Israel’s Cabinet is expected to meet this Sunday to approve resolutions aimed at severely curbing the ability of Arabs married to Israelis to move into the nation, including the first in what could be a series of controversial “loyalty oath” demands on Arabs by the nation.
The measure would require Palestinians who are married to Israelis to swear loyalty to Israel as a “Jewish state” before being granted an identity card to live with their families. Other requirements already in place include providing “financial guarantees’ to the Israeli government.
The requirement is particularly onerous as Israel’s population is only about 75% Jewish, and it would require large numbers of non-Jews to swear their fealty to keeping the government treating them and their children as second-class residents. Officials say the move is necessary to “stop terrorism.”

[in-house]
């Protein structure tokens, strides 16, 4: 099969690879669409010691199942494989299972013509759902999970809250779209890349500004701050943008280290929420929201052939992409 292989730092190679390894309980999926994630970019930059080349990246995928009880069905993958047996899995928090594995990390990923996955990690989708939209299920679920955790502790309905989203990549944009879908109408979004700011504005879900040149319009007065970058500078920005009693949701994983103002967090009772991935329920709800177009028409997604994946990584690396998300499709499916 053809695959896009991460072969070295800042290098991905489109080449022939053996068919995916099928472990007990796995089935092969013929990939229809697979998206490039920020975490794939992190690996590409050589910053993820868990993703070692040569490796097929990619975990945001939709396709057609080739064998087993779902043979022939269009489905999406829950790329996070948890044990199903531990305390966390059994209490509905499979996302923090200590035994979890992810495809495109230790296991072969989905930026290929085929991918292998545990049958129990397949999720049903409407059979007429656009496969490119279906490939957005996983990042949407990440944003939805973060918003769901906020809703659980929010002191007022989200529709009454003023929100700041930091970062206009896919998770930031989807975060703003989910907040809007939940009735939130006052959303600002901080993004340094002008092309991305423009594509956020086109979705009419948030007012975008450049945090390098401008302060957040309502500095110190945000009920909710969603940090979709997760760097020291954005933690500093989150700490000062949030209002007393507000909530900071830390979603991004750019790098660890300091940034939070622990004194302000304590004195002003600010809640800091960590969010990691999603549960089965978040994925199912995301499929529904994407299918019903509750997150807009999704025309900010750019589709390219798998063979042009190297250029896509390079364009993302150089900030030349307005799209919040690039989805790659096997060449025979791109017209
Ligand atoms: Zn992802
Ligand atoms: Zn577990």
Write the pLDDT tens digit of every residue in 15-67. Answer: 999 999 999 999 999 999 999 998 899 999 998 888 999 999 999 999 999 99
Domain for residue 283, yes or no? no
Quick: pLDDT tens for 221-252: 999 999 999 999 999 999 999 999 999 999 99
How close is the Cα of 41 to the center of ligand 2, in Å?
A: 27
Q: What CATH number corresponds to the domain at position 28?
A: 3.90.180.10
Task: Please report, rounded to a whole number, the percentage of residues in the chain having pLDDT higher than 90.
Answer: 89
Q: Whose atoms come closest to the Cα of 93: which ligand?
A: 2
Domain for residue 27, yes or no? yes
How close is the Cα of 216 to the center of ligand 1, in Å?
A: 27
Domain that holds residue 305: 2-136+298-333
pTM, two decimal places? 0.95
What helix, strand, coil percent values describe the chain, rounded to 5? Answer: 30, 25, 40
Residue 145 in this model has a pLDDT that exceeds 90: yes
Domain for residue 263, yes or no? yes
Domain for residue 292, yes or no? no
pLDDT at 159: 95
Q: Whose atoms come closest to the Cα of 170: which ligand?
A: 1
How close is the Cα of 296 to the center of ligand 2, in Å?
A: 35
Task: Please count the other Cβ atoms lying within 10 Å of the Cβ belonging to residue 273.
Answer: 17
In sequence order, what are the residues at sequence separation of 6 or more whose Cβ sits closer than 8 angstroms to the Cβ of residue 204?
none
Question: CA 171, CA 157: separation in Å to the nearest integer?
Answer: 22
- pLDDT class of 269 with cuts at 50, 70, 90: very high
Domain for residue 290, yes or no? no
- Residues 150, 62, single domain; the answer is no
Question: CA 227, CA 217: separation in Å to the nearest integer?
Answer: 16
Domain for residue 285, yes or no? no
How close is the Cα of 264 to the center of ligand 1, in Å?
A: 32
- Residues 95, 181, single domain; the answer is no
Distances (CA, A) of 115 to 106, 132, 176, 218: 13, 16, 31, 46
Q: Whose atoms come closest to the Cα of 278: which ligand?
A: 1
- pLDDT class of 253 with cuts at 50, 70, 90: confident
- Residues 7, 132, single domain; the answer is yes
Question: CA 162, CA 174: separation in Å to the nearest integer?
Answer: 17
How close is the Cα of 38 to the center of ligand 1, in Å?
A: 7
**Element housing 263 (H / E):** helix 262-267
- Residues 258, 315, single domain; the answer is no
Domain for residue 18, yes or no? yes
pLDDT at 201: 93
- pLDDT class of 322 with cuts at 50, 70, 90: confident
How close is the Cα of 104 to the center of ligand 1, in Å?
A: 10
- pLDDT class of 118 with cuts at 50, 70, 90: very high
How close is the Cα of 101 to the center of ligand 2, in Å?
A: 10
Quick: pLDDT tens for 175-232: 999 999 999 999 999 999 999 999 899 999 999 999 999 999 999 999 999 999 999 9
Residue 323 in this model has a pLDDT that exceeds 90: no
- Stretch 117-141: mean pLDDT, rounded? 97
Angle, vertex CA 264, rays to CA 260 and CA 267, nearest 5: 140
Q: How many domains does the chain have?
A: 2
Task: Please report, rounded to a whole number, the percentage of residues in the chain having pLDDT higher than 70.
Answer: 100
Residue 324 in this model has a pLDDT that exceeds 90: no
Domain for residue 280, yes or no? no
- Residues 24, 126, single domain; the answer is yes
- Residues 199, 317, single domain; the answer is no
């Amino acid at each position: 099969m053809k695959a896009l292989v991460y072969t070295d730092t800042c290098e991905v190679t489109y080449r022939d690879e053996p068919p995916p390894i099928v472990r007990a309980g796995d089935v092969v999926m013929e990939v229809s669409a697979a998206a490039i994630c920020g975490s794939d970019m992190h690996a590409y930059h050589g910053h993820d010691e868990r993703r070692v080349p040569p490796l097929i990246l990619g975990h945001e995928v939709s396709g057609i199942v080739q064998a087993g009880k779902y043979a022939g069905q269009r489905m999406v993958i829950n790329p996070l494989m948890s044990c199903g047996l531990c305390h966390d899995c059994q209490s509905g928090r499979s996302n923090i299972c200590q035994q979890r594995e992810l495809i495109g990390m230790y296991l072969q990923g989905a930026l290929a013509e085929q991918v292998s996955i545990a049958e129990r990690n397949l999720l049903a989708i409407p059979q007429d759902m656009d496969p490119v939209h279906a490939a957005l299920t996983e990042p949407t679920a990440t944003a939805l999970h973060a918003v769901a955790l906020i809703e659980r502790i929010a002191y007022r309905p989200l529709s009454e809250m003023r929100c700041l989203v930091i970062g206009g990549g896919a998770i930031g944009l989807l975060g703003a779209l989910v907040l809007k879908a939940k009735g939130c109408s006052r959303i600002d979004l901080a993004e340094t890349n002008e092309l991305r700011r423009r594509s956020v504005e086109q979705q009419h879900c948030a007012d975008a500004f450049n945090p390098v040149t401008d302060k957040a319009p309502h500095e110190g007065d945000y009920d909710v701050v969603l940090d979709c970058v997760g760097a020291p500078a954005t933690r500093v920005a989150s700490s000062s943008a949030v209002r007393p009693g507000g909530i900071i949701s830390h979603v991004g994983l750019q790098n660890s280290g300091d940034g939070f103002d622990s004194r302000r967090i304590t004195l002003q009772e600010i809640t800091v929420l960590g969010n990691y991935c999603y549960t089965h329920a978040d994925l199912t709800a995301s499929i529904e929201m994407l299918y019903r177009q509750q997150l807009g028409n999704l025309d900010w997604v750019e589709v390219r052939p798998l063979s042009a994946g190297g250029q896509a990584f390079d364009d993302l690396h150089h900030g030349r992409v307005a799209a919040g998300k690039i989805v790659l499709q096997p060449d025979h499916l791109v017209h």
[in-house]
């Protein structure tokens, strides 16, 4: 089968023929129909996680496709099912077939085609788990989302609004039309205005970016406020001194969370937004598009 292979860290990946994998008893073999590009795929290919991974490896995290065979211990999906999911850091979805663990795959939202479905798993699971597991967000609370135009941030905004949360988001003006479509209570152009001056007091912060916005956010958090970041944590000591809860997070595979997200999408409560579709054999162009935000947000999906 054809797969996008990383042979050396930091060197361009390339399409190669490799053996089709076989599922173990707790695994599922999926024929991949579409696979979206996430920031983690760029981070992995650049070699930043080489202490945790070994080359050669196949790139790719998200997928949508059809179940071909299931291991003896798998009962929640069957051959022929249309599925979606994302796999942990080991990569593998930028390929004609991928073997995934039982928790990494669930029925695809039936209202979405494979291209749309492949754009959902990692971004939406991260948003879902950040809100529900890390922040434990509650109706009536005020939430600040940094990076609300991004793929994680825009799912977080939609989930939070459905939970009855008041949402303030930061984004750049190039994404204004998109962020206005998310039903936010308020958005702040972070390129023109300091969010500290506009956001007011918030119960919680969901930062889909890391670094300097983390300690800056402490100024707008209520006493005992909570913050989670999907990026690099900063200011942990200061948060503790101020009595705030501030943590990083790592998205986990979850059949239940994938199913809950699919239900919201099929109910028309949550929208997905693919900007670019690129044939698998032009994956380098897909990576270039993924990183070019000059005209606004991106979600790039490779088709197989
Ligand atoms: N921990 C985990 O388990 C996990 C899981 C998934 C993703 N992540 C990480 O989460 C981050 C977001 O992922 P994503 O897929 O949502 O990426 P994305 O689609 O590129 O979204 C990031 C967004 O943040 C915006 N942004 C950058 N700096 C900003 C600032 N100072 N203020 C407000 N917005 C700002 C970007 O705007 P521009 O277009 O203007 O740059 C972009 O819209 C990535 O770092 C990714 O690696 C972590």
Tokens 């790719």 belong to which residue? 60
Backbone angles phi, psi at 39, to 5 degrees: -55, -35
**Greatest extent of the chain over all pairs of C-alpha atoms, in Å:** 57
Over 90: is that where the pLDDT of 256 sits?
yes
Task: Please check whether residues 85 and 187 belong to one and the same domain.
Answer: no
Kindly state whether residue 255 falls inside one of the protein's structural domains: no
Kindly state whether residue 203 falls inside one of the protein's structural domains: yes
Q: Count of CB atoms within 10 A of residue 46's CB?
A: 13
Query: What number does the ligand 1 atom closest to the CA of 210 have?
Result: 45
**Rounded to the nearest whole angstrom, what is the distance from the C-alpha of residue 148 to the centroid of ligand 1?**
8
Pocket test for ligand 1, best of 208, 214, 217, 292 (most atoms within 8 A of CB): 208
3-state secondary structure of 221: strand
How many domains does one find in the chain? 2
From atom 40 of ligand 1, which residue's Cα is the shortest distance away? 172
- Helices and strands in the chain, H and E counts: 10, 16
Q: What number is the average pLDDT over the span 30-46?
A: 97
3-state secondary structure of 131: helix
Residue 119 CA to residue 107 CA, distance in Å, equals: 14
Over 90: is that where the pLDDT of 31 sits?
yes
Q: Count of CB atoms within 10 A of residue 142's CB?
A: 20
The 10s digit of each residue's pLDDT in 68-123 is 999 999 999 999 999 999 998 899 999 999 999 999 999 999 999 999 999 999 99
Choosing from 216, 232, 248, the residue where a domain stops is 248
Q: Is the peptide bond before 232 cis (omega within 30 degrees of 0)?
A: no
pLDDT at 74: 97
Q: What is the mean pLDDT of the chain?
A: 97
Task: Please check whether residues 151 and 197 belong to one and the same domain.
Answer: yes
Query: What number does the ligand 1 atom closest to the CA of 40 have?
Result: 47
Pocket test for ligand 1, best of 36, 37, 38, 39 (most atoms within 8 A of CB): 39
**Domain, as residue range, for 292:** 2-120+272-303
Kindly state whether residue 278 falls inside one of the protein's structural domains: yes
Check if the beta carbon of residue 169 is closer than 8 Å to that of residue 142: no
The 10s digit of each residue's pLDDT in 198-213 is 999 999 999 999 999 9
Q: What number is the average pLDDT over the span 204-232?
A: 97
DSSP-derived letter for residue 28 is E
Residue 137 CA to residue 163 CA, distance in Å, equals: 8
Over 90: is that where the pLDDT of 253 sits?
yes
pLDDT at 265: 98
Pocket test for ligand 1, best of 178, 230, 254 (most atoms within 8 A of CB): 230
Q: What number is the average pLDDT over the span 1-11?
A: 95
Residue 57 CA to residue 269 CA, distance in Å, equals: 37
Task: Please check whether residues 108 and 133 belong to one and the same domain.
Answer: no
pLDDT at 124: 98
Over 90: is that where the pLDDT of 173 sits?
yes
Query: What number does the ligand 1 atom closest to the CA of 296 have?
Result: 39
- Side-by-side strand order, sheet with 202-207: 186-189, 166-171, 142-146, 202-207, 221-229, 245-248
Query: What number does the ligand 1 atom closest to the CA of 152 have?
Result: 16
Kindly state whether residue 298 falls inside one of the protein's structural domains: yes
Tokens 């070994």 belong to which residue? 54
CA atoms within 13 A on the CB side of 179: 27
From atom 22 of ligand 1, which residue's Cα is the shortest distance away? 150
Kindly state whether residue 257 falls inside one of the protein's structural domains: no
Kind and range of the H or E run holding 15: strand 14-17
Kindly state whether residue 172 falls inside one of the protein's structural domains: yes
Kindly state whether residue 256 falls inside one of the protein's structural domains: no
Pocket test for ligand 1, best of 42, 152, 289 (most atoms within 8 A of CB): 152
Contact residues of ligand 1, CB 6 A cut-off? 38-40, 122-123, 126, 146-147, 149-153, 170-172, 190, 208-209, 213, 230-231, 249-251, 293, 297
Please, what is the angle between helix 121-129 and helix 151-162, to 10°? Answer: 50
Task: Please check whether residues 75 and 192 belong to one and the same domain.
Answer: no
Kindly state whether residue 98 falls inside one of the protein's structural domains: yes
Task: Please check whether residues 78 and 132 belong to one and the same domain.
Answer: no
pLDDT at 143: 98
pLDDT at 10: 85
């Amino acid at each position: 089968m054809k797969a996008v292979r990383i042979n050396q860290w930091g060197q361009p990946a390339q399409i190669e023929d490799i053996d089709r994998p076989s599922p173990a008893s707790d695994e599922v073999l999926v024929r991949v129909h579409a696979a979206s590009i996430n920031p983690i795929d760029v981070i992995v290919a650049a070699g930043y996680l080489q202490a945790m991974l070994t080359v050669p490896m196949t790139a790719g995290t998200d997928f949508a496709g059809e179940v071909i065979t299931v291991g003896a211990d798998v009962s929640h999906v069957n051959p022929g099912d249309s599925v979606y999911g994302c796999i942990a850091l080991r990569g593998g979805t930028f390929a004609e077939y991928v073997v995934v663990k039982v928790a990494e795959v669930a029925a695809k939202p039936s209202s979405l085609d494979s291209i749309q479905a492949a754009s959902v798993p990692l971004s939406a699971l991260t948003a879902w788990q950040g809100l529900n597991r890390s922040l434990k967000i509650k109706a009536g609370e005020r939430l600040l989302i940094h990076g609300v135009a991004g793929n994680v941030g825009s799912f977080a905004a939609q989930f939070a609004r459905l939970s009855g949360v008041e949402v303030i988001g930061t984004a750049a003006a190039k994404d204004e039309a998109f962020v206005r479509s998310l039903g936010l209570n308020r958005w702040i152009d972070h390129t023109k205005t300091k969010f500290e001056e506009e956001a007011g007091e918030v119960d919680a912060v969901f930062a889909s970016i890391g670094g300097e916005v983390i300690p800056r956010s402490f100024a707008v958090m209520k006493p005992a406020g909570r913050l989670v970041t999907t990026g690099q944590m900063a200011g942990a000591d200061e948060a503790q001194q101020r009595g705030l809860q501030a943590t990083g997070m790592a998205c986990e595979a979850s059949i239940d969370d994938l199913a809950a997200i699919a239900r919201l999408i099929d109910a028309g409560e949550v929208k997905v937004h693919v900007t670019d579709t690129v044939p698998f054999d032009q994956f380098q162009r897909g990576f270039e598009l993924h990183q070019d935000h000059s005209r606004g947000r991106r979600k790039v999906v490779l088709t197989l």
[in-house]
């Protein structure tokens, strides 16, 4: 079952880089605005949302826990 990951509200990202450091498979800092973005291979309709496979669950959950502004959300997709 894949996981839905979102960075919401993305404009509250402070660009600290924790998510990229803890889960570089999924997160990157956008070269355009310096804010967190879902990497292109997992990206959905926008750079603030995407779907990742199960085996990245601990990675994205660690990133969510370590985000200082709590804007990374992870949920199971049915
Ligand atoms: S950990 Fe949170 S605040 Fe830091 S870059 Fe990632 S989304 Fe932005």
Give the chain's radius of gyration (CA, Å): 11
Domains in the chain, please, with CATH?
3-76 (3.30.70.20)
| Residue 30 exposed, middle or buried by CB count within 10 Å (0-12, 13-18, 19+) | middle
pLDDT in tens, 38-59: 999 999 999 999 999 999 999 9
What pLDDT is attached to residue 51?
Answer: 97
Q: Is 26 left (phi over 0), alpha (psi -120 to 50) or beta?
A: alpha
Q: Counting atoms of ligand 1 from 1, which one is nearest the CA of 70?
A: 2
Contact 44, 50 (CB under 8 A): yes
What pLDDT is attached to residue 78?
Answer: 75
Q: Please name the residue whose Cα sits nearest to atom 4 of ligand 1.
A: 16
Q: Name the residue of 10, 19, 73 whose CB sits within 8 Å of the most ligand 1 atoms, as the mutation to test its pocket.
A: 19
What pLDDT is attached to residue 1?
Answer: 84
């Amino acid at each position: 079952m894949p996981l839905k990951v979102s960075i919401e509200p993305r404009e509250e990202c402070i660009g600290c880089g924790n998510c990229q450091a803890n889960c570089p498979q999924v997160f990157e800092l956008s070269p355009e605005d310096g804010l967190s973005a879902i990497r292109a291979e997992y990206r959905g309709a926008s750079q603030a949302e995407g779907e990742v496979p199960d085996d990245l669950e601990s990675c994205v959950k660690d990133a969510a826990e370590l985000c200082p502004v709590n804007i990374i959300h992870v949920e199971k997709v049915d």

It is likely also just the first test balloon of a new push by the Yisrael Beiteinu Party, one of the coalition government’s largest members, for far-reaching loyalty oaths they have promised to eventually require of all citizens.
Israel’s Parliament has already approved measures criminalizing the “denial” of Israel’s status as an eternal Jewish state, and threatening to jail any Arabs caught commemorating Nakba, a day of mourning for the expulsion of large numbers of Arabs on Israel’s independence day.
Such measures have proven extremely popular with the far-right parties in power in Israel, but have often been fiercely challenged in Israeli courts. The treatment of non-citizen residents, even those married to citizens, is significantly different legally, however, and may avoid much of a legal battle.